Users can run IndeX on AWS using a custom Amazon Machine Image (AMI) from AWS Marketplace. Sample datasets from different scientific domains including astronomy, healthcare, and oil and gas are available in an S3 bucket which can be readily loaded to get a feel for the visualization experience provided by IndeX on Amazon EC2 instances.

In addition, users can bring their existing custom datasets used in their volume visualization workflows and render them by specifying the dataset parameters in a scene file.

Benefits of Using NVIDIA IndeX on AWS

Standard visualization workflows are characterized by sequential, time intensive steps that include:

  • Running simulation for days, weeks, or months.
  • Preparing a subset of output data for visualization.
  • Transferring and loading the data into visualization software for analysis.
  • Share findings and repeating the process with another subset of data, and/or running additional simulations with new inputs.

Such a workflow is not practical in an on-premises environment, however, due to compute and storage resource constraints, collaboration challenges, and the time wasted if the visualization data demonstrates the simulation data was invalid.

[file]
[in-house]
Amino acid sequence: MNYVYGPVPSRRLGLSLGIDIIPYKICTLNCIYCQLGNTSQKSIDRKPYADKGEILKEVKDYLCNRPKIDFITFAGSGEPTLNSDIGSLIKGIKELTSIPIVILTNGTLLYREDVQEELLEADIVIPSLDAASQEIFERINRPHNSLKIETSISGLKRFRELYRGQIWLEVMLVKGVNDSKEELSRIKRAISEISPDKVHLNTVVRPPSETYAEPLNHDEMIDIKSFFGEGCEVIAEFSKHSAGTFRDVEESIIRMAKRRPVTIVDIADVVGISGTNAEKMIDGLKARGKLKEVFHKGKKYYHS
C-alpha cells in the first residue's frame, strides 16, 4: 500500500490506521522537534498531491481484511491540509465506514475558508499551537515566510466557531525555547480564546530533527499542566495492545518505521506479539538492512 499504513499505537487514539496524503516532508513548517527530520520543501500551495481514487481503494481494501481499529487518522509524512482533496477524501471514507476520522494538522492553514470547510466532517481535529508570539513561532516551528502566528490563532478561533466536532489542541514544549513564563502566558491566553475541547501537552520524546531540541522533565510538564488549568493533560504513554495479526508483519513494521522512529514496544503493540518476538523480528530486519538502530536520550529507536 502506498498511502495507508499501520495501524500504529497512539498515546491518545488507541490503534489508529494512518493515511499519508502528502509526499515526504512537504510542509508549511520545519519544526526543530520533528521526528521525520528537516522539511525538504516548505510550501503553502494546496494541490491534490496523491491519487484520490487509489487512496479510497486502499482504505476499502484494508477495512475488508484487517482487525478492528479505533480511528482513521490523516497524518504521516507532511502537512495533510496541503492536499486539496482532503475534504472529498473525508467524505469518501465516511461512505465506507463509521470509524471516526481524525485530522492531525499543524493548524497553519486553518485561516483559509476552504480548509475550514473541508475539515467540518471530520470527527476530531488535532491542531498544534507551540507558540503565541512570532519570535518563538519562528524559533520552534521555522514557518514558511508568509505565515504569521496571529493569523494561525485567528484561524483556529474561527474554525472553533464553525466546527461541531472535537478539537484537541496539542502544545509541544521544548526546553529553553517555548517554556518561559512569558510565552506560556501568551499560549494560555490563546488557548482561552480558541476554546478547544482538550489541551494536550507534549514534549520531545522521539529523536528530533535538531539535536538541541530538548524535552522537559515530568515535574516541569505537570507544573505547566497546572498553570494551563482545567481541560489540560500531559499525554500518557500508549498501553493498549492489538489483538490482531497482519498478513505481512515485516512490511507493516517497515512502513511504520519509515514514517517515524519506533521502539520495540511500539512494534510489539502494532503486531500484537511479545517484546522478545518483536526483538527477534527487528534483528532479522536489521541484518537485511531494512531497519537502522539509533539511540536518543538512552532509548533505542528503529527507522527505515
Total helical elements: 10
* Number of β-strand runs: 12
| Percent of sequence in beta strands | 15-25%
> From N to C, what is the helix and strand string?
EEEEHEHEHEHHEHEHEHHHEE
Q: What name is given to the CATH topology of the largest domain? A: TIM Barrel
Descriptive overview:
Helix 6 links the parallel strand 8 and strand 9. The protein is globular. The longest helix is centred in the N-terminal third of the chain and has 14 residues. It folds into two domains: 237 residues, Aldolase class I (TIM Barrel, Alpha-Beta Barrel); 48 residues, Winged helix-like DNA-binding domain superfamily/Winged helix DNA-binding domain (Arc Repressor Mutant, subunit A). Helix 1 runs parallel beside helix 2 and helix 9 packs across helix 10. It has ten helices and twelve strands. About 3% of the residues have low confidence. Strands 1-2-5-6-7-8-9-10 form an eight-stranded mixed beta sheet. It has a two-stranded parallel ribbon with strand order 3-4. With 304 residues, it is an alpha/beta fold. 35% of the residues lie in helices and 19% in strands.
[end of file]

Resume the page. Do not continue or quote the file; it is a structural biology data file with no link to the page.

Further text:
AWS provides an accelerated workflow that allows users to set up a configuration where simulation and visualization run on separate clusters. In this case, the simulation data running on a cluster is written to Amazon S3 object storage, can be visualized in another cluster by NVIDIA IndeX (directly loading from S3), and can be shared with any device on which a web browser is installed.

This workflow enables users to interactively explore and collaborate in real-time after the simulation has started, and can interrupt or restart simulations as needed.

AWS also supports running simulation and visualization in-situ (i.e. on the same cluster). Here, the simulation data can be written to local storage (instance store) or network attached Amazon Elastic Block Store (EBS) and can be visualized, thus enabling users to interactively direct a simulation and test outcomes.

Amazon EC2 GPU Instances